Protestors will gather in downtown Providence Monday night to put a spotlight on violent police actions against people of color. A loose coalition of residents is organizing the march to express solidarity with Ferguson, Missouri and 43 students missing in Mexico.
Ferguson is where a white police officer shot and killed a black 18-year-old. In Mexico, 43 students disappeared. It’s alleged they were killed by a drug gang working with local police.
The march starts at 7:00 pm in Burnside Park in downtown Providence and will make its way up to the Statehouse.
Conflicts of interest in the awarding of state grants, violence in Providence, sexual assault allegations on college campuses -- those are the topics on this week's Political Roundtable. This week, Brown University political science professor Wendy Schiller, and Associated Press reporter Erika Niedowski join the discussion. Weekend host Chuck Hinman hosts.
A four-month long investigation has resulted in the arrests of nearly three dozen accused drug dealers. The investigation targeted narcotics activity in Central Falls.
Starting in June Central Falls police noticed an uptick in shootings. They suspected it was drug related so they called in the state police to help them out. The result was the arrests of 35 individuals over a four month period and the seizure of a sizable collection of illegal drugs, said Rhode Island State Police Superintendent Steven O’Donnell.
For once, Rhode Island politicians have a chance at being part of the solution. Even a small change on gun violence would resonate with voters.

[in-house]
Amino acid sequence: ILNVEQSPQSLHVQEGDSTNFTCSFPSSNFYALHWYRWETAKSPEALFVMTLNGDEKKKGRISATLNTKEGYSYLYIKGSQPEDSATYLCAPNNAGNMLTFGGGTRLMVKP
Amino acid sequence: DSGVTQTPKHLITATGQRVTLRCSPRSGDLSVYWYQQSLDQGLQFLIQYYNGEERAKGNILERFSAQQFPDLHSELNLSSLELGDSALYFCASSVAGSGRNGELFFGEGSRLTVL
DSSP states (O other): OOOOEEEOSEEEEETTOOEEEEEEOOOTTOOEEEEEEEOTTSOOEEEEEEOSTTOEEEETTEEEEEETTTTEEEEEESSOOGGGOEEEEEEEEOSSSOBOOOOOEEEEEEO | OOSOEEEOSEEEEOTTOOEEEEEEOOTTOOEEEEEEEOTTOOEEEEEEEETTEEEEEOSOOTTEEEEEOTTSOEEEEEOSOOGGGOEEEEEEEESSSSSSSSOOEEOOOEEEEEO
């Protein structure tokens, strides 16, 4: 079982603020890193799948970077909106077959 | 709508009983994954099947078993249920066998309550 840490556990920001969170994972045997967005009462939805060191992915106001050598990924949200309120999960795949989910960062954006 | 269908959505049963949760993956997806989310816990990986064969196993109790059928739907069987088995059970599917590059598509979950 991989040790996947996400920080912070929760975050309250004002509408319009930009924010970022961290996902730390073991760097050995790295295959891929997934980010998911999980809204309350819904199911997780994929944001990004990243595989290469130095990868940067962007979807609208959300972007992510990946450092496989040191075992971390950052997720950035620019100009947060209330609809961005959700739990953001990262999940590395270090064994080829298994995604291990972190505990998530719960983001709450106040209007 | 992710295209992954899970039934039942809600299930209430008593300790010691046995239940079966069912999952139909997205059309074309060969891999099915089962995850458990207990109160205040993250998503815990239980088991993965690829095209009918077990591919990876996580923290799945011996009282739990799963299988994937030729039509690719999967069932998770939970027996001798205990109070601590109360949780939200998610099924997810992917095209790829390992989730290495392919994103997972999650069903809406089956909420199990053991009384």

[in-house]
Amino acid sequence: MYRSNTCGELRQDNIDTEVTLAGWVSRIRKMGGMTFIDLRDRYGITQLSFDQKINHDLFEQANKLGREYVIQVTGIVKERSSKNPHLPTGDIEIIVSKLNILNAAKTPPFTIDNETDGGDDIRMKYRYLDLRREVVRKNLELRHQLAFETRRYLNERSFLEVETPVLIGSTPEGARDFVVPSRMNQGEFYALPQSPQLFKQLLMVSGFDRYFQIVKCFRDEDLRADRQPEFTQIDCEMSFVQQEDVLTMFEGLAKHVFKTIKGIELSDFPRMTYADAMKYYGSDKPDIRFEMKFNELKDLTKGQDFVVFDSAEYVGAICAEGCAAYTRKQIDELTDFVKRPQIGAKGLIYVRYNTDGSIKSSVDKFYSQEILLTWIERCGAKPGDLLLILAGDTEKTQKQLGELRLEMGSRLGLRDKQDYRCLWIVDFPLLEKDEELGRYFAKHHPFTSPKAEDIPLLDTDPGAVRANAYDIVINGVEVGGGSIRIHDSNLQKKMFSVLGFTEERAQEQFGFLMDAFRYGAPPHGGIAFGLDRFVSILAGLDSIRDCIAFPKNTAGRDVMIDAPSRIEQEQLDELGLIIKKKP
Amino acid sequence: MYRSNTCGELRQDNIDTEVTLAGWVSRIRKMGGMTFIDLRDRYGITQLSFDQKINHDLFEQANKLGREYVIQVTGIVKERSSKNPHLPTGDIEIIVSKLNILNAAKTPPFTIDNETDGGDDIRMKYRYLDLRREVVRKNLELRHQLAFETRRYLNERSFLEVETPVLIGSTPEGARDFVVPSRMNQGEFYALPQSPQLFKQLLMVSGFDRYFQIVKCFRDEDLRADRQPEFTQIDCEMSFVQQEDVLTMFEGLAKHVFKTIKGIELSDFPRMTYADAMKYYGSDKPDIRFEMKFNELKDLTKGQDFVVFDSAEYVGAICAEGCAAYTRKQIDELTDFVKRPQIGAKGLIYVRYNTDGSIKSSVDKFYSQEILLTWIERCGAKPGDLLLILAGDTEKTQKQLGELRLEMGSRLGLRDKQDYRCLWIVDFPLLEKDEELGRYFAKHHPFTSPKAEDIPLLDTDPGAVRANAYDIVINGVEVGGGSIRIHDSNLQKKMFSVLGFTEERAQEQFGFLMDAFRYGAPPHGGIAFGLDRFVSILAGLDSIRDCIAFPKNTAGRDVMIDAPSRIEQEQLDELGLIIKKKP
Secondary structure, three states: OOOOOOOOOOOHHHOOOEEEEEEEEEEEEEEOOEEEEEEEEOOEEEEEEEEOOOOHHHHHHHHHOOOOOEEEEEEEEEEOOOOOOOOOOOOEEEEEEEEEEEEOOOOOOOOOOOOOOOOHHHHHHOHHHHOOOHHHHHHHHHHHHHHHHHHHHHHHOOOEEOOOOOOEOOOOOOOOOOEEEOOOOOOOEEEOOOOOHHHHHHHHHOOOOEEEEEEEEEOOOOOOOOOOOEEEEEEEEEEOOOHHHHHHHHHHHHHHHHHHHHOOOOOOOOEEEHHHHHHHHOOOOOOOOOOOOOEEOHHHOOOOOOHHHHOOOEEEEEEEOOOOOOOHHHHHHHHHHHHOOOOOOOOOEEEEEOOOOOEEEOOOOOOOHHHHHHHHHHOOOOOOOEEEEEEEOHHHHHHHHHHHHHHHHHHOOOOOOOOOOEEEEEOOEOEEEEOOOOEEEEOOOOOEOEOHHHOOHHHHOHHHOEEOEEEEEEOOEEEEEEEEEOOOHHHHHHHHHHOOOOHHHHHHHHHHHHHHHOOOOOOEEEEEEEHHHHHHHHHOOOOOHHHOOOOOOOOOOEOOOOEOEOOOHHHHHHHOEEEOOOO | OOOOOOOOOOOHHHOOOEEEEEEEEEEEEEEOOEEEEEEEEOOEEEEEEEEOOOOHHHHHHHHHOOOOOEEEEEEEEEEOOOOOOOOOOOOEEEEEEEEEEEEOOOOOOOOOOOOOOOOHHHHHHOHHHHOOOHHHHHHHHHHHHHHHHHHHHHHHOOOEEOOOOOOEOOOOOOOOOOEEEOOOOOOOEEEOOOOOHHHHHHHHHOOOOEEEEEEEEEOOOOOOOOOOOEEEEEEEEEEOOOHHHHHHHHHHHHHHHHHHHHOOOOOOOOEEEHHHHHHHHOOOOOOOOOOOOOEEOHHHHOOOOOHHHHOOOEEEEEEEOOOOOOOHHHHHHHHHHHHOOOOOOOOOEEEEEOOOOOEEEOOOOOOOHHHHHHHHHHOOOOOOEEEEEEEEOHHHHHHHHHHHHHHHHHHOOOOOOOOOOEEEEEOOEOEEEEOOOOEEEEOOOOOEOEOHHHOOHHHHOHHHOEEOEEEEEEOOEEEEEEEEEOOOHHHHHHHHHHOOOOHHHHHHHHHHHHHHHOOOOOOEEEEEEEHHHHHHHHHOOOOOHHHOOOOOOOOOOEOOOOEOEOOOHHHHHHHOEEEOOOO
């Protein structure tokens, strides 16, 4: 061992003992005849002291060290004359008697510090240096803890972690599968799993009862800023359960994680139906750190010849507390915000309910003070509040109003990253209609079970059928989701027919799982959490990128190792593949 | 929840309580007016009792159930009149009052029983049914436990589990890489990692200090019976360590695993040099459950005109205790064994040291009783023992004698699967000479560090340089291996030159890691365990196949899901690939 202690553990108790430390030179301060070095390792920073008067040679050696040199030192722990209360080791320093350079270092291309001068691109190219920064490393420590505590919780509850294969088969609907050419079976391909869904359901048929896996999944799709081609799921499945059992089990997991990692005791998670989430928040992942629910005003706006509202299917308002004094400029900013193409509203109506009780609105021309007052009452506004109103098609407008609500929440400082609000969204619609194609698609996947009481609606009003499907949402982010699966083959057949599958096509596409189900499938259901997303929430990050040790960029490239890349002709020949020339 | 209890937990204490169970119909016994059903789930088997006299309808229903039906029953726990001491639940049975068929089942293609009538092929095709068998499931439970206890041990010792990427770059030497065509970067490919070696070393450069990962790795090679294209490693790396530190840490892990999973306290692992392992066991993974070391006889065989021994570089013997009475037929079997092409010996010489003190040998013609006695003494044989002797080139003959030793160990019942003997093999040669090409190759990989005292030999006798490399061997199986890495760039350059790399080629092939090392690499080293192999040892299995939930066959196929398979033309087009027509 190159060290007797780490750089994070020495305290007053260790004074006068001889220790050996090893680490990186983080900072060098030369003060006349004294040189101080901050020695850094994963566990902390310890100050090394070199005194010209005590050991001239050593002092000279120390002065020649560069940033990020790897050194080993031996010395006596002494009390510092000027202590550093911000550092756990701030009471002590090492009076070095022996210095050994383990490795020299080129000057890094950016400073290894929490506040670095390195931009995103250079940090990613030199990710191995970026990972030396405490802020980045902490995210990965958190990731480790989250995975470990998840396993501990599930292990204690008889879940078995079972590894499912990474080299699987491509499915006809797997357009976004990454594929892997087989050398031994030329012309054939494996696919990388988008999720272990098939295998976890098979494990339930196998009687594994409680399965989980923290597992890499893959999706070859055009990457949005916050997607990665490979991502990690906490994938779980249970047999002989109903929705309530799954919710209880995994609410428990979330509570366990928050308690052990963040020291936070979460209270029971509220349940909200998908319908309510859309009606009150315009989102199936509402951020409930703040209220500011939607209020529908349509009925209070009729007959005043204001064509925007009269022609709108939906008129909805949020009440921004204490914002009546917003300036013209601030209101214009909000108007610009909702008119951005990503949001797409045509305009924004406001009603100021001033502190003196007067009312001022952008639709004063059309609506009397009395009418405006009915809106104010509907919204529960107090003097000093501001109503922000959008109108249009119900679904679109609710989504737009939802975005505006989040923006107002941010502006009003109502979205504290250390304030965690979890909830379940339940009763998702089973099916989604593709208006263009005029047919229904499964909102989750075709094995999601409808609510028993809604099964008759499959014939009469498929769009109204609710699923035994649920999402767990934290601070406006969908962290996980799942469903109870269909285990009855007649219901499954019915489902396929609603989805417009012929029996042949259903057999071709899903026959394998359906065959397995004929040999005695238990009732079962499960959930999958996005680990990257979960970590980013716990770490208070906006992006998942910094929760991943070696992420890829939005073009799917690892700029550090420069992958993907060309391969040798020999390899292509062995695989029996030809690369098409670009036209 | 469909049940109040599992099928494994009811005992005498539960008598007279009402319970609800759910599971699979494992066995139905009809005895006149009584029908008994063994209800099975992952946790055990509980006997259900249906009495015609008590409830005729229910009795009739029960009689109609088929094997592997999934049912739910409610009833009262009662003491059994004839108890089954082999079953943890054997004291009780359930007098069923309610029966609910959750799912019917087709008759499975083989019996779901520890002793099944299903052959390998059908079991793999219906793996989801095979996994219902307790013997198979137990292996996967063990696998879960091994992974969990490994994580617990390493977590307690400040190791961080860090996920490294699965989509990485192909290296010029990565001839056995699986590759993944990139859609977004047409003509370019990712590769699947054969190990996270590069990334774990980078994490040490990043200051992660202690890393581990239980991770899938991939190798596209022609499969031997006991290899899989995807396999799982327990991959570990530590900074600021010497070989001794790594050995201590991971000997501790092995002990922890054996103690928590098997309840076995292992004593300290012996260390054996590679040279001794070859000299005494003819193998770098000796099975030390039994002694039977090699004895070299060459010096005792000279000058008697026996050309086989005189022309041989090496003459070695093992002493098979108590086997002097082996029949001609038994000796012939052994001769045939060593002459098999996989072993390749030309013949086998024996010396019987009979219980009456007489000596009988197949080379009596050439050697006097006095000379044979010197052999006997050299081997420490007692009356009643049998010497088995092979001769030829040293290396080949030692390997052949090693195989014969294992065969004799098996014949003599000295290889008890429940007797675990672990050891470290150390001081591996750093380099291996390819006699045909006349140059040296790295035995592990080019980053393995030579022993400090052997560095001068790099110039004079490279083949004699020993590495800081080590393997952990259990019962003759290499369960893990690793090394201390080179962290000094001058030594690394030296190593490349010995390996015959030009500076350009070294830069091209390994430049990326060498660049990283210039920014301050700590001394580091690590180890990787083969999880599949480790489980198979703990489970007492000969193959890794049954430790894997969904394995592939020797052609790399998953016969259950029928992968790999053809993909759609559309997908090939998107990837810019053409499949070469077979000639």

As recently as the 2012 election campaigns, the issue of gun control had fallen off the political shelf. A Republican Party dominated by the states of the sunbelt and the Old Confederacy feverishly defended the rights of the gun lobby. Rueful Democrats, especially those in Red states, bowed cravenly to the gun constituency that was universally cited as the club that doomed Al Gore’s 2000 presidential aspirations.
(PROVIDENCE, RI) President Obama has just unveiled a set of 23 actions he’ll take to curb gun violence. Among them: encouraging states to share information with a national background check database. While some states are already contributing a significant amount of information, Rhode Island hasn’t submitted a single record.
Providence Mayor Angel Taveras says the city is boosting efforts to try to reduce gun violence after last week’s school shooting in Connecticut. As Rhode Island Public Radio political reporter Ian Donnis reports, Taveras and other mayors plan to stage gun buy-back programs across the state next month.
Sometimes it’s a new way of thinking, a new model, an idea out of left field, or, as I like to think of it, using the map of one universe to navigate another – that helps solve some of our most intractable problems. I like to highlight that kind of new thinking from time to time, so here’s a recent example.